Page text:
The fortuneteller also states that “the truth is forever changing.” And what does this mean? The truth, it seems, is that if Peter finds the elephant, he will find his sister. But when he finally sees the elephant, the truth does change. Peter recognizes that the elephant is heartbroken, imprisoned far away from the familiarity of her home. Rather than insist on discovering the truth of his sister’s whereabouts, Peter responds to “the terrible truth of what he saw, what he understood in the elephant’s eyes. She was heartbroken. She must go home.” Peter now devotes all of his energy to connecting and orchestrating the necessary people so that the elephant can be transported back. For him, it appears, the truth of what he must do has changed.
And yet it hasn’t. For in his decision to help the elephant, Peter inadvertently sets into motion the journey that will deliver his sister to him through a unique and surprising chain of events and people. Essentially, the people and the animals in the book are the ones we love—and it is the miracle of the elephant that brings these flawed and lovely characters together. It is Peter and Adele and Sister Marie and Bartok Whynn and Hans Ickmann and Madam LaVaughn and Leo & Gloria Matienne and the magician and Vilna Lutz and Tomas and Iddo. They are the ones we cherish by the end of the book—they are the ones who give readers a little more insight into this journey we call life, and the importance of keeping our eyes open so that we see those that are perhaps rarely seen. The Magician’s Elephant suggests that our senses can be sharpened as we read children’s literature. Our sensitivity towards people can grow.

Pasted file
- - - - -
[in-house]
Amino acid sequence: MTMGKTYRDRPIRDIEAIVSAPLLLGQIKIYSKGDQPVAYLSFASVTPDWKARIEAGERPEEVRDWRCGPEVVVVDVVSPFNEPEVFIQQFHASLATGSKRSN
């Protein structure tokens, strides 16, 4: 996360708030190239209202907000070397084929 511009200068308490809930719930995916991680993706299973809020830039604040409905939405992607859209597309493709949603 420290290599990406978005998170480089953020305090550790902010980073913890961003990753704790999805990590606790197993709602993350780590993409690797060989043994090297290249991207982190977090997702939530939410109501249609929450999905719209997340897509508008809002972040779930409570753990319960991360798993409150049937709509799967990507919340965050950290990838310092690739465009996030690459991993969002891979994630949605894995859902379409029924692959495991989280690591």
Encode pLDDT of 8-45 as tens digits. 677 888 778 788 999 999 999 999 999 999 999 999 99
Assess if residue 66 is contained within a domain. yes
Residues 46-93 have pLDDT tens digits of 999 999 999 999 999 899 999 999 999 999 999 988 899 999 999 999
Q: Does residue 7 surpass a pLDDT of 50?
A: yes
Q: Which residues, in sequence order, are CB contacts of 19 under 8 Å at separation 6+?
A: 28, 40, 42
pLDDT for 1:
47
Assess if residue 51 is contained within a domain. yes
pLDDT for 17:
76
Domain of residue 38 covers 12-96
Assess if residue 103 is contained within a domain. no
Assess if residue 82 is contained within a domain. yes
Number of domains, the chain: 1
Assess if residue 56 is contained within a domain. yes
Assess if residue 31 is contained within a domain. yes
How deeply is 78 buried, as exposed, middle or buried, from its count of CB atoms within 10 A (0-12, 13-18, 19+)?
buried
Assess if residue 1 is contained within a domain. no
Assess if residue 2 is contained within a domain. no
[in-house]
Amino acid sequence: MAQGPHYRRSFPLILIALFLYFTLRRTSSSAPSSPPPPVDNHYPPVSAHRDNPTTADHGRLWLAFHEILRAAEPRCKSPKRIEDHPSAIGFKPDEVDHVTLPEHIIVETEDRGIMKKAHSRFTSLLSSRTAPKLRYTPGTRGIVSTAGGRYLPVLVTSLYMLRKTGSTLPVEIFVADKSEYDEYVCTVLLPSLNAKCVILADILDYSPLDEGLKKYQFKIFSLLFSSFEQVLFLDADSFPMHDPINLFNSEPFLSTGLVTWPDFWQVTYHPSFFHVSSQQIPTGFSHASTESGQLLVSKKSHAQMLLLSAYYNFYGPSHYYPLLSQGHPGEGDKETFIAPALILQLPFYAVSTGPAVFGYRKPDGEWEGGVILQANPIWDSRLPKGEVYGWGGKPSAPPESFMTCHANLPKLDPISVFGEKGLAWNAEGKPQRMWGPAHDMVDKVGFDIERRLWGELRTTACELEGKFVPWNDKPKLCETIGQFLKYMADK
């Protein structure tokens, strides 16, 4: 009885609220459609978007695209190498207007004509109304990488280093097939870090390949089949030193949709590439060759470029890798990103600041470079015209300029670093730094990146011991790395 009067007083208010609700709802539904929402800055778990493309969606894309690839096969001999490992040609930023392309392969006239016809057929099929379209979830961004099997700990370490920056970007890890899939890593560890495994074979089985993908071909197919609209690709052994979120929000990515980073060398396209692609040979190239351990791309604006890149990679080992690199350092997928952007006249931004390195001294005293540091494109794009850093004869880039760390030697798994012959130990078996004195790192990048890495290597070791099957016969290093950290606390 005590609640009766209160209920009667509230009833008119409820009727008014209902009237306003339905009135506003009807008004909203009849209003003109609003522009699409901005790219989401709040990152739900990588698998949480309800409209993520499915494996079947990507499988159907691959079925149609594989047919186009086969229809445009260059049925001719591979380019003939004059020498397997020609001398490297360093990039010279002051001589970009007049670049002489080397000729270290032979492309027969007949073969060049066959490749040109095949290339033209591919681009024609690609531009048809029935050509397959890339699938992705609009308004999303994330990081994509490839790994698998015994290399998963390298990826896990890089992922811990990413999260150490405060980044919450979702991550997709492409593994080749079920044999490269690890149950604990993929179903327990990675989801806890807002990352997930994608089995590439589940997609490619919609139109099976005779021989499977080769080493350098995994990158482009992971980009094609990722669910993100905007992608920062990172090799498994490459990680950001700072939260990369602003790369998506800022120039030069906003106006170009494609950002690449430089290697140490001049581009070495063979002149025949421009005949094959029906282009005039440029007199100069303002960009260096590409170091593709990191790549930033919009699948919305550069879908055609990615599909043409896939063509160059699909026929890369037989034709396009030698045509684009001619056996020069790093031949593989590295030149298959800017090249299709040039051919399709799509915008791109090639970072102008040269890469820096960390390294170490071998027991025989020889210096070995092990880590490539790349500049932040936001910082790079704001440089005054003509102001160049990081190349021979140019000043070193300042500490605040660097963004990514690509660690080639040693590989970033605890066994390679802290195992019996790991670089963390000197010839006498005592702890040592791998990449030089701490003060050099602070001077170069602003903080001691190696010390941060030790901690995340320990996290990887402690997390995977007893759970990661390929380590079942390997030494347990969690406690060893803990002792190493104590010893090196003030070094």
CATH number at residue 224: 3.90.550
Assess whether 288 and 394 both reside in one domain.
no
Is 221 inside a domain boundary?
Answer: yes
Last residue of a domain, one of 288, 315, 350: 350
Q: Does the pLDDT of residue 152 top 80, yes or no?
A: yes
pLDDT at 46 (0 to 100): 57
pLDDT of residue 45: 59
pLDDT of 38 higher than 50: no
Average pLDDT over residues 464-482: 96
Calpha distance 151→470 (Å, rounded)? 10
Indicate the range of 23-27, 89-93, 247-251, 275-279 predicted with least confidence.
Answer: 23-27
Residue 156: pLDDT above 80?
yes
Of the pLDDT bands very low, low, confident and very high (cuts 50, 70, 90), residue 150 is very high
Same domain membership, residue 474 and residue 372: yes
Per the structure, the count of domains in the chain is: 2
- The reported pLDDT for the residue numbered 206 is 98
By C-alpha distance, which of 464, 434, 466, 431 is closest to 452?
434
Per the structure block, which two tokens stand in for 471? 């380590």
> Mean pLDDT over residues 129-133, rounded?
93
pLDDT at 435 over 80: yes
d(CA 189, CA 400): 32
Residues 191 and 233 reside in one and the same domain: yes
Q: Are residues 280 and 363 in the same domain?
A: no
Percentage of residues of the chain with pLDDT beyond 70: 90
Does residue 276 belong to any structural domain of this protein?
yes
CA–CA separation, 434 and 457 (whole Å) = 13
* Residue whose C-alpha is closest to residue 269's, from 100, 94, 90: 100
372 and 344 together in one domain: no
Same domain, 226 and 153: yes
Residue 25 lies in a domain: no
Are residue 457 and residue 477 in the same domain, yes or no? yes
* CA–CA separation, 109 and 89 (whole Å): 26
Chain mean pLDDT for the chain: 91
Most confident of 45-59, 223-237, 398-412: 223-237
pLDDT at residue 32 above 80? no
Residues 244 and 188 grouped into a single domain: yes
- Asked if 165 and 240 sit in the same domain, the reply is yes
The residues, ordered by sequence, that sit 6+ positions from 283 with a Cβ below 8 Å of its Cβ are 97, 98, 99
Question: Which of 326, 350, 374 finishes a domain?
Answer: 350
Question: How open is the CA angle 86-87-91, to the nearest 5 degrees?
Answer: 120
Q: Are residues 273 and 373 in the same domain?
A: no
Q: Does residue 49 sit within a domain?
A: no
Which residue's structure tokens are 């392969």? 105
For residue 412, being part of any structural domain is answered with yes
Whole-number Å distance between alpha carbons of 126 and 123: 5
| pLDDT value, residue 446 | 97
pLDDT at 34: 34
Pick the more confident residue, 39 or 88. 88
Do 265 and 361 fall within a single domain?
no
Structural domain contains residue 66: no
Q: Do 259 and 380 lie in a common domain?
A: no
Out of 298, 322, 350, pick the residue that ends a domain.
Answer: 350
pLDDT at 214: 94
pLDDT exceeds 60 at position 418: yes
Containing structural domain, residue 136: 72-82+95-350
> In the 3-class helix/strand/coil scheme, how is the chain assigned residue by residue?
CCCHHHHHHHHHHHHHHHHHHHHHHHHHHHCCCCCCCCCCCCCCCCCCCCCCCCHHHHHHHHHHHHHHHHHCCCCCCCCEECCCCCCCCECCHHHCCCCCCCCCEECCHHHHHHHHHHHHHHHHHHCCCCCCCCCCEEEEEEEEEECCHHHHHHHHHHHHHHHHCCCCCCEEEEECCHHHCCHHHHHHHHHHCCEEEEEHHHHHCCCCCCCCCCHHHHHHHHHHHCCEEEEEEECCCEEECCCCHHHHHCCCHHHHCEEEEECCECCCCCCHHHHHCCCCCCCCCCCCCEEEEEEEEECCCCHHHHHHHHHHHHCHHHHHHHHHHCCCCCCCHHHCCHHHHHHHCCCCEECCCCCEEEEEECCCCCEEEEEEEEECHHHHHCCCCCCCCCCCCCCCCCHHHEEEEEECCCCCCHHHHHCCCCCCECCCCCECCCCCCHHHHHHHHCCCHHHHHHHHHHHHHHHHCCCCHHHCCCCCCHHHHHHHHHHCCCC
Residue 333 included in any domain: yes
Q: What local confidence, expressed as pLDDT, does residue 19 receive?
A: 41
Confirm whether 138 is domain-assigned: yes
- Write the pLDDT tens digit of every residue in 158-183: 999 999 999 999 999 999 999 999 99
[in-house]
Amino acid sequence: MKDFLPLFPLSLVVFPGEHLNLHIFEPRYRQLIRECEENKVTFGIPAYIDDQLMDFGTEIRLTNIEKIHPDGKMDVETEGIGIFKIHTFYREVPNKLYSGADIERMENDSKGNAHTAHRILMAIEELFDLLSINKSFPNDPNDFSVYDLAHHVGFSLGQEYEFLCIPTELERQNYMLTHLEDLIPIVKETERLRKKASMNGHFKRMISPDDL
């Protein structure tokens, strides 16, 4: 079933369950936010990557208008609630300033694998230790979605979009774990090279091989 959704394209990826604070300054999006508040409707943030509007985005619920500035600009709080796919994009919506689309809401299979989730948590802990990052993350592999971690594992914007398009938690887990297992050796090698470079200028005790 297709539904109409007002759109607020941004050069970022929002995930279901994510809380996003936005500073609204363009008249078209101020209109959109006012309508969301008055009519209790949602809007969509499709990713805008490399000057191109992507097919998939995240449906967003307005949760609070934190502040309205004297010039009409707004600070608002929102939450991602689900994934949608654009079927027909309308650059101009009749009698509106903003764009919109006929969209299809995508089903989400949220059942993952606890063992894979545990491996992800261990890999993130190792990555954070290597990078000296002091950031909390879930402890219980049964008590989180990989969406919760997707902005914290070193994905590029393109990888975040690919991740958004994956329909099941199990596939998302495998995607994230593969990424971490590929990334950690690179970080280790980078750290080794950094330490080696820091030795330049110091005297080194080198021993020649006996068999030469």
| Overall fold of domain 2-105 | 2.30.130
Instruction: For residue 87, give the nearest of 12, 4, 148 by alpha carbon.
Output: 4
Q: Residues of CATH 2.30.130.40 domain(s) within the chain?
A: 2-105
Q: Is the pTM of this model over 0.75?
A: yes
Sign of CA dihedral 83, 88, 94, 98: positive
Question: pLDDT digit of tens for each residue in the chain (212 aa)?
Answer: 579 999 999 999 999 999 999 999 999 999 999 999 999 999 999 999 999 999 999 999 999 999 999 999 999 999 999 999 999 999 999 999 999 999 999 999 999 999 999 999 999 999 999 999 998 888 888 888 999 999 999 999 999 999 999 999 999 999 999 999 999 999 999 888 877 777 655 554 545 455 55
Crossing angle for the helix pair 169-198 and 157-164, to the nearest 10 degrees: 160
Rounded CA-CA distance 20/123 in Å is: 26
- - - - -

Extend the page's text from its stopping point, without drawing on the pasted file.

What Peter’s predicament illustrates is that the answer to the major questions we ask may not always be as neat and straightforward as we would hope. We may have to follow an elephant, an impossible scenario. And, though we feel blind and absolutely incapable of finishing the journey, following the elephant does, in fact, lead to the treasure. And perhaps, like Peter’s quest, the journey works to reveal the treasure along the way, for people are the treasure. In DiCamillo’s text and through Yoko Tanaka’s atmospheric acrylic illustrations, we meet the beggar Tomas with the beautiful voice, and his dog, Iddo, who longs “to deliver, just once more, a message of great importance.” We want Iddo to make that significant announcement. And he certainly does on page 175: “Something incredible was approaching. He knew it, absolutely, to be true. Something wonderful was going to happen, and he would be the one to announce it. He worked with the whole of his heart to deliver the message.”